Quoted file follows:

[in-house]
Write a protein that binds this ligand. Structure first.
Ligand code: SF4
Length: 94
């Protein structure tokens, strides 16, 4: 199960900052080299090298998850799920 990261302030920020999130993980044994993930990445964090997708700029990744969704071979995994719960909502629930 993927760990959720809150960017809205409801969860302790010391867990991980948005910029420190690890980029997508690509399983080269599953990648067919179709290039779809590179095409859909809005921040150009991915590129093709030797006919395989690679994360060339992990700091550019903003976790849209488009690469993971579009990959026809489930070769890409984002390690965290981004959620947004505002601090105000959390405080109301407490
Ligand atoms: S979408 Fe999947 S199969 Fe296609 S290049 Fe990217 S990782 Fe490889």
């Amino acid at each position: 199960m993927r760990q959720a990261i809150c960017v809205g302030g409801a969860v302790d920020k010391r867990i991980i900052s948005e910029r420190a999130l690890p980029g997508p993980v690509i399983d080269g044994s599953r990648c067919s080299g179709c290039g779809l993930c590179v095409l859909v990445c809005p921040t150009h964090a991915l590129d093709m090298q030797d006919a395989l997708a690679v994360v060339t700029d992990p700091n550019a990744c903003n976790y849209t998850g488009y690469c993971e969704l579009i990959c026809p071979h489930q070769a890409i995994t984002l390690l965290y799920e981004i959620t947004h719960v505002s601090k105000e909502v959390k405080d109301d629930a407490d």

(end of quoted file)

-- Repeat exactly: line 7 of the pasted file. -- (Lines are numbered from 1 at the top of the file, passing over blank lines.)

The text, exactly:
């Amino acid at each position: 199960m993927r760990q959720a990261i809150c960017v809205g302030g409801a969860v302790d920020k010391r867990i991980i900052s948005e910029r420190a999130l690890p980029g997508p993980v690509i399983d080269g044994s599953r990648c067919s080299g179709c290039g779809l993930c590179v095409l859909v990445c809005p921040t150009h964090a991915l590129d093709m090298q030797d006919a395989l997708a690679v994360v060339t700029d992990p700091n550019a990744c903003n976790y849209t998850g488009y690469c993971e969704l579009i990959c026809p071979h489930q070769a890409i995994t984002l390690l965290y799920e981004i959620t947004h719960v505002s601090k105000e909502v959390k405080d109301d629930a407490d």